A new petition has been introduced to make free music eligible for Grammy consideration
Free music has revolutionized the music industry. Just ask Diplo — it’s what kept Mad Decent afloat early on, and look at them now. It has helped propel some of the biggest producers of the moment into their spotlights, from Baauer to Chance the Rapper. And whereas some may not agree with the model, the bedroom producer down the hall in your dorm knows exactly how powerful free music can be. But with some of the most important artists out there currently opting to give their music to fans free of charge, this new paradigm poses an issue in relation to older music institutions, such as the National Academy of Recording Arts and Sciences. How can artists giving their music away for free be eligible for a Grammy without technically selling any records?
The National Academy of Recording Arts and Sciences defines the criteria for music being Grammy-eligible as, “commercially released in general distribution in the United States, i.e. sales by label to a branch or recognized independent distributor, via the Internet, or mail order/retail sales for a nationally marketed product. Recordings must be available for sale from any date within the eligibility period through at least the date of the current year’s voting deadline (final ballot).” By definition, free music cannot win Grammys.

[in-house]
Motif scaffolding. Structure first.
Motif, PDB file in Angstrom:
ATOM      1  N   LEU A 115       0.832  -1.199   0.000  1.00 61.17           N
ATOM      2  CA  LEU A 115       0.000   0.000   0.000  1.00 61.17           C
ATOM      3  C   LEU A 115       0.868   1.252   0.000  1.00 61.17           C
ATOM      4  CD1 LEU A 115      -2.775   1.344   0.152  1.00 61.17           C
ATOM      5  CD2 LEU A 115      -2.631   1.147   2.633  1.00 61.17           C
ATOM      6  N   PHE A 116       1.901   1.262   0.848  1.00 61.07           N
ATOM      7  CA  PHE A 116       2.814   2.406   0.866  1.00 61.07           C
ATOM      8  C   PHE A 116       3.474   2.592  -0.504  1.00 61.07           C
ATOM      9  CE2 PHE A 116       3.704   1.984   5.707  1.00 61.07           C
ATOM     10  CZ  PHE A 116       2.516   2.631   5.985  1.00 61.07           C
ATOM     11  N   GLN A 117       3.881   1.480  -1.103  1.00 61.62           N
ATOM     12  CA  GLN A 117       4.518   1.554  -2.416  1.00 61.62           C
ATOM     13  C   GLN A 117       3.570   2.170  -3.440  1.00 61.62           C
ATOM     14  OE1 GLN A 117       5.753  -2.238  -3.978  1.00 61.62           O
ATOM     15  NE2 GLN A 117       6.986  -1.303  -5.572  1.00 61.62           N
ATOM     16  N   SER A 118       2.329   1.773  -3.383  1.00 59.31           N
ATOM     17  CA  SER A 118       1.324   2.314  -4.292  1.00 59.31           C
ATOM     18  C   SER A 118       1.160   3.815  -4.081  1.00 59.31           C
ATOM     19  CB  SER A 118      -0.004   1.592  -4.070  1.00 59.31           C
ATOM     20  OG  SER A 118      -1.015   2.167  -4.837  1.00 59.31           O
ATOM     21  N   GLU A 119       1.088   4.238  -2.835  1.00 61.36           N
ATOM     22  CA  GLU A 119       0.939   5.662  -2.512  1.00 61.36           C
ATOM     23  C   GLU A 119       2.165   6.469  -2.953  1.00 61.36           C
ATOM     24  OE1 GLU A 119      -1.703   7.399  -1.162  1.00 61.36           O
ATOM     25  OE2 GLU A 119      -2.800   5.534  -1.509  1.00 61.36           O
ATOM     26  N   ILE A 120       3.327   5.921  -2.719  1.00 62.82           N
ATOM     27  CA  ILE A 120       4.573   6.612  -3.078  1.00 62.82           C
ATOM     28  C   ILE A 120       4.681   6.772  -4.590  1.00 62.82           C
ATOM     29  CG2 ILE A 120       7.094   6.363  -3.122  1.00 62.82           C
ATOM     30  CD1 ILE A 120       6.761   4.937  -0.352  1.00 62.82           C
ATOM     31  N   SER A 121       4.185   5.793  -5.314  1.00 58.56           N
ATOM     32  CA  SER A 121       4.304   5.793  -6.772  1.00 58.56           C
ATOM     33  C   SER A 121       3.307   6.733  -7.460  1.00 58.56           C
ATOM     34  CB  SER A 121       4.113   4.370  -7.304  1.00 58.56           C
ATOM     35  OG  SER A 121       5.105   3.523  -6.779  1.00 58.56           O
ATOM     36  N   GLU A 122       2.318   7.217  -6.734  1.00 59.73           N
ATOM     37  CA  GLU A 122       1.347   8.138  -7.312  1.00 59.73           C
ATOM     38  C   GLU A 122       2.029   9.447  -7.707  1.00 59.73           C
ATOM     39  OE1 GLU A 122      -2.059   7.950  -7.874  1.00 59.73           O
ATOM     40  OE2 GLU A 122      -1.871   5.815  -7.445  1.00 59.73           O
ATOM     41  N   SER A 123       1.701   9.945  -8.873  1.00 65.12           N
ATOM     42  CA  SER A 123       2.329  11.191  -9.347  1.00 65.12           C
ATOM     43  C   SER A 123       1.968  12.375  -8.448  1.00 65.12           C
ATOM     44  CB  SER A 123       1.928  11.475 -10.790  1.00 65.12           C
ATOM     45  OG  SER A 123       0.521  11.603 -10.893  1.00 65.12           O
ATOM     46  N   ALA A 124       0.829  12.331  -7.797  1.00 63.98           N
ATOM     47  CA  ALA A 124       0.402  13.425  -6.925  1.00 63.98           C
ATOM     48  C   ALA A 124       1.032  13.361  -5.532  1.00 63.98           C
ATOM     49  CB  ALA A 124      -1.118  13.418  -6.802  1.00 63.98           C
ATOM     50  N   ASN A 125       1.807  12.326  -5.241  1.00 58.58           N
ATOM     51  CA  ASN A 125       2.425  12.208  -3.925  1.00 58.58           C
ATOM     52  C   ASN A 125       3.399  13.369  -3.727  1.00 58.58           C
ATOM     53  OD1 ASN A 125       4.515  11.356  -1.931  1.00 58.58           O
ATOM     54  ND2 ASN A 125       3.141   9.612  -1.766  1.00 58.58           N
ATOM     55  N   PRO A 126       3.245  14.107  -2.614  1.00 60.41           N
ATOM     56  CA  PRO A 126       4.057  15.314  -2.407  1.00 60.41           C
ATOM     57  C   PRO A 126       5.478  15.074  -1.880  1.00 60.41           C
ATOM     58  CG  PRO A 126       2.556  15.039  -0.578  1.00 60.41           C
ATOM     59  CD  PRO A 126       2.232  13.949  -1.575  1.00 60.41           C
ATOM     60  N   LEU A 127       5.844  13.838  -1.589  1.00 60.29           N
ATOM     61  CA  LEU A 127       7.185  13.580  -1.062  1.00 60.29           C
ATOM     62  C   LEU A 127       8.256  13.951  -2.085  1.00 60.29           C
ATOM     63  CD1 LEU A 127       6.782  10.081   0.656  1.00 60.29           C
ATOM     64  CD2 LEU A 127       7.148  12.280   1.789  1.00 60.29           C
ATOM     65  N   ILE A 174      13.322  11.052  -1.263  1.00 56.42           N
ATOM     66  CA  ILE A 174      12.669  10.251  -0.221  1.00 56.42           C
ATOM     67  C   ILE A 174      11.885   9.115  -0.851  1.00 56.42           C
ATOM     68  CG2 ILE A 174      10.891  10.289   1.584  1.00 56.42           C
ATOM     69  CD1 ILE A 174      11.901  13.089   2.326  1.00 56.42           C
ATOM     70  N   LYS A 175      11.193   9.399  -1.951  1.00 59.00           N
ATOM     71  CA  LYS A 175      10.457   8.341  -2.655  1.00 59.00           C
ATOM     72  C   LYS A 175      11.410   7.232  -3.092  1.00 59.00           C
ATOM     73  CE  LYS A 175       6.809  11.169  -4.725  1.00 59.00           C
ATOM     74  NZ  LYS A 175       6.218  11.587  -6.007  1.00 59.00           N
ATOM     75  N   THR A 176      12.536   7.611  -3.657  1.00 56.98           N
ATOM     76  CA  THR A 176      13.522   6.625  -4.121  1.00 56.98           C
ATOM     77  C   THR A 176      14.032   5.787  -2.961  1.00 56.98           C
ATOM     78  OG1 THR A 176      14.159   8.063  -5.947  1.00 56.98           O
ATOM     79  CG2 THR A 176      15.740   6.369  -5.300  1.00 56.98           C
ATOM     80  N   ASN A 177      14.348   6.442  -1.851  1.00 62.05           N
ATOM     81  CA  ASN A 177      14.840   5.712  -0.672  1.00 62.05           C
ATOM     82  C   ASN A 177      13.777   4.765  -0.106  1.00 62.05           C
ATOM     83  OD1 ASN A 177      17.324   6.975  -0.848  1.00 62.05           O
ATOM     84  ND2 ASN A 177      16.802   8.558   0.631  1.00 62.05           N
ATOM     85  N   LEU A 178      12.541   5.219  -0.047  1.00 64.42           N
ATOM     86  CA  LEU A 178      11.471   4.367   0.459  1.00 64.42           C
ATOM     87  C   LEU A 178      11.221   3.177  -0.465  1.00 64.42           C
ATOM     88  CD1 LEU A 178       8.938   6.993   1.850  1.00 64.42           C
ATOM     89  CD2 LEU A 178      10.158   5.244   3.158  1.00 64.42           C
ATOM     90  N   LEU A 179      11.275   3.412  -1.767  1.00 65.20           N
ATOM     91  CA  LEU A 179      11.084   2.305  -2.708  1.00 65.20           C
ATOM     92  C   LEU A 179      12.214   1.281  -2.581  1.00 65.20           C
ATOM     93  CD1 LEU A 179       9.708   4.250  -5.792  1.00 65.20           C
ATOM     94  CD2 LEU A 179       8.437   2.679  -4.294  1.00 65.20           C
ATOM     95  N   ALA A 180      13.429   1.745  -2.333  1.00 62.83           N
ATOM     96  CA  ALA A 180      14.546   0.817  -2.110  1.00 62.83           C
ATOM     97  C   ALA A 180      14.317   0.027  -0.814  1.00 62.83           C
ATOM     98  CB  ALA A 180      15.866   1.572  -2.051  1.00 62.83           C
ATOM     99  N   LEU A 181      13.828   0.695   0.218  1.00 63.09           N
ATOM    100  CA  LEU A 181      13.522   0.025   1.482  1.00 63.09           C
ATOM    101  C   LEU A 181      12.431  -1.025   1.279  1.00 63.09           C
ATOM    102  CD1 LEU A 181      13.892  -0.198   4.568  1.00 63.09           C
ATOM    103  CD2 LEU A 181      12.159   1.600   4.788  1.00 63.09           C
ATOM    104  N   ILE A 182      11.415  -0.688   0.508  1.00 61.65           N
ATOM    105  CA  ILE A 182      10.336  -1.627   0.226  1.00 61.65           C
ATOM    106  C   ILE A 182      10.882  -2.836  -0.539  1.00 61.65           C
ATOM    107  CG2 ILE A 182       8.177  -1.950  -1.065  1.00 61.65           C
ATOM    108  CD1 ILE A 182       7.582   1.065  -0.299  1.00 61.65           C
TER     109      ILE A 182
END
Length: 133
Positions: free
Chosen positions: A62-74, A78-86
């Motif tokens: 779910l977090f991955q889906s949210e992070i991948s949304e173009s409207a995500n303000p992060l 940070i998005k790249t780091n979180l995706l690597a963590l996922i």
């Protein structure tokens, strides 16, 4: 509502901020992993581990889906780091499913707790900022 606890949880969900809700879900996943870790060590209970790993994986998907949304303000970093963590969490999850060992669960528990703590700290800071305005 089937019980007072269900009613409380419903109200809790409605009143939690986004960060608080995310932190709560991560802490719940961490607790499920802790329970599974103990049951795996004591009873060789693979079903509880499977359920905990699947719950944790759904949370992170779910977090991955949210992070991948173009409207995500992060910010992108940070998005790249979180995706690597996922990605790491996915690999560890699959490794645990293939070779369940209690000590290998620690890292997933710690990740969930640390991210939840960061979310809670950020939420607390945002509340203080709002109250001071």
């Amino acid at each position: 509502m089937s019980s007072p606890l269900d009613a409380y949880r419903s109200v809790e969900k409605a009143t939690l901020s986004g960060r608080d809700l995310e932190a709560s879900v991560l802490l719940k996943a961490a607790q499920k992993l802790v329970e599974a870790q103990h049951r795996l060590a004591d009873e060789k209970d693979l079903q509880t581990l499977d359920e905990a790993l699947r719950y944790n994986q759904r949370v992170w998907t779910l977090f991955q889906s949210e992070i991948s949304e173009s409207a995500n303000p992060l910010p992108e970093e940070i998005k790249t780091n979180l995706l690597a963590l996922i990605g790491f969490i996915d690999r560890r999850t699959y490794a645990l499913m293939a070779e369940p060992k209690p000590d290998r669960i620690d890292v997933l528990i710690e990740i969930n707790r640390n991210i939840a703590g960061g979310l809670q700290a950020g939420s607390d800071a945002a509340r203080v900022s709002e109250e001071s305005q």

The Billboard charts didn’t incorporate streaming until 2014, and the RIAA didn’t count streams towards gold and platinum certifications until this year. Now a Change.org petition is calling for NARAS to reform its model as well and acknowledge free music to be as award-worthy as commercially released material.
Read the full petition here.